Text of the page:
“In the nation’s poorest big city, we need bold, yet common sense, solutions to increase equity and opportunity,” said Bill Golderer, President and CEO of UWGPSNJ. “This past year showed us that all systems need to be reimagined. SVP Philadelphia’s collaborative work is the kind of new thinking and approach that is needed to work through change while also elevating the good work that’s already being done. Through SVP Philadelphia, United Way is proud to play a role in mobilizing people and leveraging resources to fight intergenerational poverty in Philadelphia.”

“What we’re doing here isn’t radical – it’s just not something you often see in the world of traditional philanthropy,” said Shahrukh Tarapore, Chair of SVP’s Investment and Capacity Building Committee and Chief Technology Officer at Archetype Solutions Group. “That’s in part because change is difficult, and there is sometimes only so much capacity that organizations can devote to authentic relationship-building. But when you’ve been fighting deeply entrenched, intergenerational poverty as long as our city has, power-shifting approaches are necessary. And there are people out there who want to give their time and their expertise, and really listen to the leaders who know the issues and are doing the work.”

In addition to this investee announcement, SVP Philadelphia recently announced two additions to its Advisory Board: Omar Woodard, Vice President of Solutions with Results for America, and Erinn Corbett-Wright, Vice President of the Charitable Foundation for TD.  Both have years of experience leading social impact programs and will help establish strong relationships with the new partner investees.

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About SVP Philadelphia

SVP Philadelphia is a collective giving network of engaged leaders committed to reducing poverty in our region. By leveraging resources and investing in collaborative solutions, SVP Philadelphia connects social impact organizations with people who want to contribute money, time and their professional skills and networks. SVP Philadelphia is the newest chapter of SVP International, the global leader in engaged philanthropy with chapters from Boston to Bangalore. In association with the United Way of Greater Philadelphia & Southern New Jersey, and with generous support from the William Penn Foundation, SVP Philadelphia is part of the SVP global network, which is made up of 3,500 philanthropists in 42 cities worldwide. To learn more, visit www.svpphl.org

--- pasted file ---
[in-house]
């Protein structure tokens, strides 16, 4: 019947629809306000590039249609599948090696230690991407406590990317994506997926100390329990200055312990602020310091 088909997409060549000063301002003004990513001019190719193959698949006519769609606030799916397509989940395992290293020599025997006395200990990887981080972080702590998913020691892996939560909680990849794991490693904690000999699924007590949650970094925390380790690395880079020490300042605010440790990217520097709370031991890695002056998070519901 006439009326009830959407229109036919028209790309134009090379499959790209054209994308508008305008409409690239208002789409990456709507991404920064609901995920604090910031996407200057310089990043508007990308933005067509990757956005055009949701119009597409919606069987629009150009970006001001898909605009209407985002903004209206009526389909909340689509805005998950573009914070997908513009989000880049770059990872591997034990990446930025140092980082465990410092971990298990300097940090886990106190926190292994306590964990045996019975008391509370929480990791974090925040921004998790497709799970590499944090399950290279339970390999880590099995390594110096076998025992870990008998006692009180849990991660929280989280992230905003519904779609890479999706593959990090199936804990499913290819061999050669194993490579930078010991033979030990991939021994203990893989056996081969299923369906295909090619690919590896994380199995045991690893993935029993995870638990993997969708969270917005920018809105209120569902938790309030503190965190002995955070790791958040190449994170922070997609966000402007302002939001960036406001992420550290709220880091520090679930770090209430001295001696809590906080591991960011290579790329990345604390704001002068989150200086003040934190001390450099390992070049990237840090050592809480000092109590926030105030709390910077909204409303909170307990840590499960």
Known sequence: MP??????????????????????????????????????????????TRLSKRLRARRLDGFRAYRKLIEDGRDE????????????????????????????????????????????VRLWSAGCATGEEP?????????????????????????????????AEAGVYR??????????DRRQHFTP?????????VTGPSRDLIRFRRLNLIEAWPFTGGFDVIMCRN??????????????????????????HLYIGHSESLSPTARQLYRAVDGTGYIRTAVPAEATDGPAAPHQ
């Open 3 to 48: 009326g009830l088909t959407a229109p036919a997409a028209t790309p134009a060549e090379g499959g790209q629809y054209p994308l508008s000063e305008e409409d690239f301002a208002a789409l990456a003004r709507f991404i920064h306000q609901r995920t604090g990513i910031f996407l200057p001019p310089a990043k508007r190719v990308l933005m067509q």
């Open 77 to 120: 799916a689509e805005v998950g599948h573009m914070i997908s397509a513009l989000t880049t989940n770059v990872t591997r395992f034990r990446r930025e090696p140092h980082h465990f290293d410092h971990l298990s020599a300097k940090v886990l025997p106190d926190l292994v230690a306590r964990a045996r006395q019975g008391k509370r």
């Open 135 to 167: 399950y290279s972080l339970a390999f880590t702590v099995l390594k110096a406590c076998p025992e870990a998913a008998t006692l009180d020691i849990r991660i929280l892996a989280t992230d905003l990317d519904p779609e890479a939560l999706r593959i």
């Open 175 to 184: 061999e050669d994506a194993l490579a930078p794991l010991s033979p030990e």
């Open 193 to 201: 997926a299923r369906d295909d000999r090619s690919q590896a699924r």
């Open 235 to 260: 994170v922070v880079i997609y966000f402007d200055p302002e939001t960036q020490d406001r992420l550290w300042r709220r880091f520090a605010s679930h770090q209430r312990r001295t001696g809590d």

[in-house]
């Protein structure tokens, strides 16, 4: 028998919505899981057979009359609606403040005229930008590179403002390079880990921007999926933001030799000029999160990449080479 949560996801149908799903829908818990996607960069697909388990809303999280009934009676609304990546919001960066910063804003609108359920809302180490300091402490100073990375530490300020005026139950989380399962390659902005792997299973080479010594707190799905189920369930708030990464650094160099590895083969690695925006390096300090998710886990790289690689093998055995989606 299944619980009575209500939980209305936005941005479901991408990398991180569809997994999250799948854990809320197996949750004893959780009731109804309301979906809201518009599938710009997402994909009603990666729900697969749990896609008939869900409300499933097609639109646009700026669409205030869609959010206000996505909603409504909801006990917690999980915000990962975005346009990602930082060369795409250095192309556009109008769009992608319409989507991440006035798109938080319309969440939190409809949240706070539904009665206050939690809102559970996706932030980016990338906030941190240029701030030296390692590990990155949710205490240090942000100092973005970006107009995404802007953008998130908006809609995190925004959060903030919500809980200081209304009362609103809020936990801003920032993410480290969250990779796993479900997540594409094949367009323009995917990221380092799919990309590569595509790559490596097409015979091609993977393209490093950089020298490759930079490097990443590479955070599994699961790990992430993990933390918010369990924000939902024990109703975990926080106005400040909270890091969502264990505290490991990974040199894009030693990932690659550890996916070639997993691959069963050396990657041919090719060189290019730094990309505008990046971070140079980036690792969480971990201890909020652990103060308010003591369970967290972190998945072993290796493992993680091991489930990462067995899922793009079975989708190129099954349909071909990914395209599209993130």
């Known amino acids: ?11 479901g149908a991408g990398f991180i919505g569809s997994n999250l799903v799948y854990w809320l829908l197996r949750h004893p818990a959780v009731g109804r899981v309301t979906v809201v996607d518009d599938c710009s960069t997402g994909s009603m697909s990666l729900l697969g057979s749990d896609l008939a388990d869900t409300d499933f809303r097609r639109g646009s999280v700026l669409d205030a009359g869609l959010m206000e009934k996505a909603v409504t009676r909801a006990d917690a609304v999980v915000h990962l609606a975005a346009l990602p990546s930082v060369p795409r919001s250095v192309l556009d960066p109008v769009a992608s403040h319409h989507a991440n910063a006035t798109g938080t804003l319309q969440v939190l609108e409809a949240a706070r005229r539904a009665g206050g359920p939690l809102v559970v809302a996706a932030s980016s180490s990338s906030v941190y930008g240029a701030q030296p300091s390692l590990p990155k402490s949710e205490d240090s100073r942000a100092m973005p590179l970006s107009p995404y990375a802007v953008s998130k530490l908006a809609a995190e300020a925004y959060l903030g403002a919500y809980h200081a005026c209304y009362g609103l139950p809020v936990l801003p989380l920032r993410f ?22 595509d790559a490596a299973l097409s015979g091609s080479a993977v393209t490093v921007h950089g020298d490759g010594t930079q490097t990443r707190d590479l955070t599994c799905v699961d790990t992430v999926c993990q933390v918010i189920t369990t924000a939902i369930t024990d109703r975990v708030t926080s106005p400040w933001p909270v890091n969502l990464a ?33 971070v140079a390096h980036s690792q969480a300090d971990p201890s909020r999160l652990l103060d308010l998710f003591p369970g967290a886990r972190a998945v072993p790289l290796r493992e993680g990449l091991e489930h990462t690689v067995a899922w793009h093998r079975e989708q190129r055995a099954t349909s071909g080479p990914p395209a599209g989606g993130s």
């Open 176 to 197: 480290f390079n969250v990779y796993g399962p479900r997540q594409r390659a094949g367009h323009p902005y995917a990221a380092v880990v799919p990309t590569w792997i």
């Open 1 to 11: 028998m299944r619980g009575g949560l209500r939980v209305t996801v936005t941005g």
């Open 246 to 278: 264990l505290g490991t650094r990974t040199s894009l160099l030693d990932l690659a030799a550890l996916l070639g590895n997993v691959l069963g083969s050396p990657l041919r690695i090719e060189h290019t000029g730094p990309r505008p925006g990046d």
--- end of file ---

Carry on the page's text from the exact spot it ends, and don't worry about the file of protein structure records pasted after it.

About United Way of Greater Philadelphia and Southern New Jersey

United Way of Greater Philadelphia and Southern New Jersey (UWGPSNJ) is on a mission to reduce poverty and expand opportunity for all. Serving Pennsylvania’s Chester, Delaware, Montgomery and Philadelphia counties, and New Jersey’s Atlantic, Burlington, Camden, Cape May and Cumberland counties, United Way creates solutions that break the cycle of poverty. As part of a network of independent local nonprofit organizations, United Way provides countless ways to give, advocate and volunteer. To learn more, visit www.unitedforimpact.org

About Center for Black Educator Development

Our mission is to ensure there will be equity in the recruiting, training, hiring, and retention of quality educators that reflect the cultural background and share common socio-political interests of the students they serve. Our vision is that all Black students will have consistent access to high quality, same race teachers throughout their PreK-12 experience, teachers who do not share the same cultural backgrounds as their students will demonstrate high levels of expertise in cultural responsive practices and anti-discriminatory mindsets and habits, and professional learning, pipeline, policies, and pedagogy will be aligned to ensure greater educator diversity, cultural responsiveness, and improved student outcomes.  For more information, please visit us at thecenterblacked.org.

About Women’s Community Revitalization Project

Women’s Community Revitalization Project (WCRP) is a multi-racial, community-based organization committed to social and economic equity for low-income women and their families. For almost 35 years, WCRP has worked to address Philadelphia’s affordable housing crisis by advocating for long-term systemic change while simultaneously providing concrete services and housing opportunities. Core to our success has been the leadership of our constituents – primarily low-income women of color – who sit on WCRP’s board and committees and both shape and participate in our programs and campaigns. WCRP is unique in the extent of our commitment to the city’s poorest residents – often left behind in the affordable housing world – and for the blend of strategies we employ to achieve our mission. For more information, visit www.wcrpphila.org.

About Resilient Coders

Resilient Coders is a nonprofit workforce development program that trains young adults of color from low-income communities for high-growth careers as software engineers and connects them with employment. Through their free coding bootcamp, they teach more than technical skills – they present a path to economic resiliency. Resilient Coders works with populations that have been systemically marginalized, seeing in these communities an untapped talent pool with the potential to drive the 21st-century economy. They believe in social justice through economic empowerment, and in the opportunity for meritocracy in tech.